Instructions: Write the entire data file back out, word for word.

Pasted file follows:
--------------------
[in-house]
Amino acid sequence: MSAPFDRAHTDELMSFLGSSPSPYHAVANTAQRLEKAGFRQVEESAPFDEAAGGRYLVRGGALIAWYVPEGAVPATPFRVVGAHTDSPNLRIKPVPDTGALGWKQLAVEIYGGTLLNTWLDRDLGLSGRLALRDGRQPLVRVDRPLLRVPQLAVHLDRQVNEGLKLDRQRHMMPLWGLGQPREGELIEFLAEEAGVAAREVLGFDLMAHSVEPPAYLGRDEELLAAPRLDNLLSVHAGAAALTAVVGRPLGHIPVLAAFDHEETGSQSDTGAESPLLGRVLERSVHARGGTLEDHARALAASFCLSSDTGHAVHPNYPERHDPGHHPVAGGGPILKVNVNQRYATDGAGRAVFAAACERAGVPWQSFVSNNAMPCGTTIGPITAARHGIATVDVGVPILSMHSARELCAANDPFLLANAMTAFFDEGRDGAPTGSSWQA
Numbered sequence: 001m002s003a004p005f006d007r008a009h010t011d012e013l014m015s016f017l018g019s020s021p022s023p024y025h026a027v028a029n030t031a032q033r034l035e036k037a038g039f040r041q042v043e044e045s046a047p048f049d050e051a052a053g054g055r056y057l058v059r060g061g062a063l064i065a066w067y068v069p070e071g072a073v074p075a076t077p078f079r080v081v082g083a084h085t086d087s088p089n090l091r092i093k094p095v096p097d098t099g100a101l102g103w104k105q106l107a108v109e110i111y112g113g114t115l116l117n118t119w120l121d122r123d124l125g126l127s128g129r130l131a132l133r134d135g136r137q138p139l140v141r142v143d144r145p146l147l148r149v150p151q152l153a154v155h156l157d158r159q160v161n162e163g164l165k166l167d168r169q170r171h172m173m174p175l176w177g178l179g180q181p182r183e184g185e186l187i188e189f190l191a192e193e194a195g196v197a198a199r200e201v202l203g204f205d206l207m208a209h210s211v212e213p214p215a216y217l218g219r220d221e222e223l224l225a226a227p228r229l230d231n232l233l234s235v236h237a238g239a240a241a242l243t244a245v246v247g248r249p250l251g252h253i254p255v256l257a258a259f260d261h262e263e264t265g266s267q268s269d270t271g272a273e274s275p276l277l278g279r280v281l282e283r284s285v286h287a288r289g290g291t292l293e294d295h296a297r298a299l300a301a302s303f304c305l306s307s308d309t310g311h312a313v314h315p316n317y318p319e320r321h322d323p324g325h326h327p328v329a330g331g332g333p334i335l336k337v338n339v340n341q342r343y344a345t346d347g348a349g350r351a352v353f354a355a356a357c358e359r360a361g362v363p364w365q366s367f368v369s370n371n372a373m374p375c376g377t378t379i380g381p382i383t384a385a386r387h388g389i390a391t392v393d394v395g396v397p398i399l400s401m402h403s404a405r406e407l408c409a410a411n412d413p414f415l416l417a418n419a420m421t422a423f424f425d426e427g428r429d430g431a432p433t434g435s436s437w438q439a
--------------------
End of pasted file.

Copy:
[in-house]
Amino acid sequence: MSAPFDRAHTDELMSFLGSSPSPYHAVANTAQRLEKAGFRQVEESAPFDEAAGGRYLVRGGALIAWYVPEGAVPATPFRVVGAHTDSPNLRIKPVPDTGALGWKQLAVEIYGGTLLNTWLDRDLGLSGRLALRDGRQPLVRVDRPLLRVPQLAVHLDRQVNEGLKLDRQRHMMPLWGLGQPREGELIEFLAEEAGVAAREVLGFDLMAHSVEPPAYLGRDEELLAAPRLDNLLSVHAGAAALTAVVGRPLGHIPVLAAFDHEETGSQSDTGAESPLLGRVLERSVHARGGTLEDHARALAASFCLSSDTGHAVHPNYPERHDPGHHPVAGGGPILKVNVNQRYATDGAGRAVFAAACERAGVPWQSFVSNNAMPCGTTIGPITAARHGIATVDVGVPILSMHSARELCAANDPFLLANAMTAFFDEGRDGAPTGSSWQA
Numbered sequence: 001m002s003a004p005f006d007r008a009h010t011d012e013l014m015s016f017l018g019s020s021p022s023p024y025h026a027v028a029n030t031a032q033r034l035e036k037a038g039f040r041q042v043e044e045s046a047p048f049d050e051a052a053g054g055r056y057l058v059r060g061g062a063l064i065a066w067y068v069p070e071g072a073v074p075a076t077p078f079r080v081v082g083a084h085t086d087s088p089n090l091r092i093k094p095v096p097d098t099g100a101l102g103w104k105q106l107a108v109e110i111y112g113g114t115l116l117n118t119w120l121d122r123d124l125g126l127s128g129r130l131a132l133r134d135g136r137q138p139l140v141r142v143d144r145p146l147l148r149v150p151q152l153a154v155h156l157d158r159q160v161n162e163g164l165k166l167d168r169q170r171h172m173m174p175l176w177g178l179g180q181p182r183e184g185e186l187i188e189f190l191a192e193e194a195g196v197a198a199r200e201v202l203g204f205d206l207m208a209h210s211v212e213p214p215a216y217l218g219r220d221e222e223l224l225a226a227p228r229l230d231n232l233l234s235v236h237a238g239a240a241a242l243t244a245v246v247g248r249p250l251g252h253i254p255v256l257a258a259f260d261h262e263e264t265g266s267q268s269d270t271g272a273e274s275p276l277l278g279r280v281l282e283r284s285v286h287a288r289g290g291t292l293e294d295h296a297r298a299l300a301a302s303f304c305l306s307s308d309t310g311h312a313v314h315p316n317y318p319e320r321h322d323p324g325h326h327p328v329a330g331g332g333p334i335l336k337v338n339v340n341q342r343y344a345t346d347g348a349g350r351a352v353f354a355a356a357c358e359r360a361g362v363p364w365q366s367f368v369s370n371n372a373m374p375c376g377t378t379i380g381p382i383t384a385a386r387h388g389i390a391t392v393d394v395g396v397p398i399l400s401m402h403s404a405r406e407l408c409a410a411n412d413p414f415l416l417a418n419a420m421t422a423f424f425d426e427g428r429d430g431a432p433t434g435s436s437w438q439a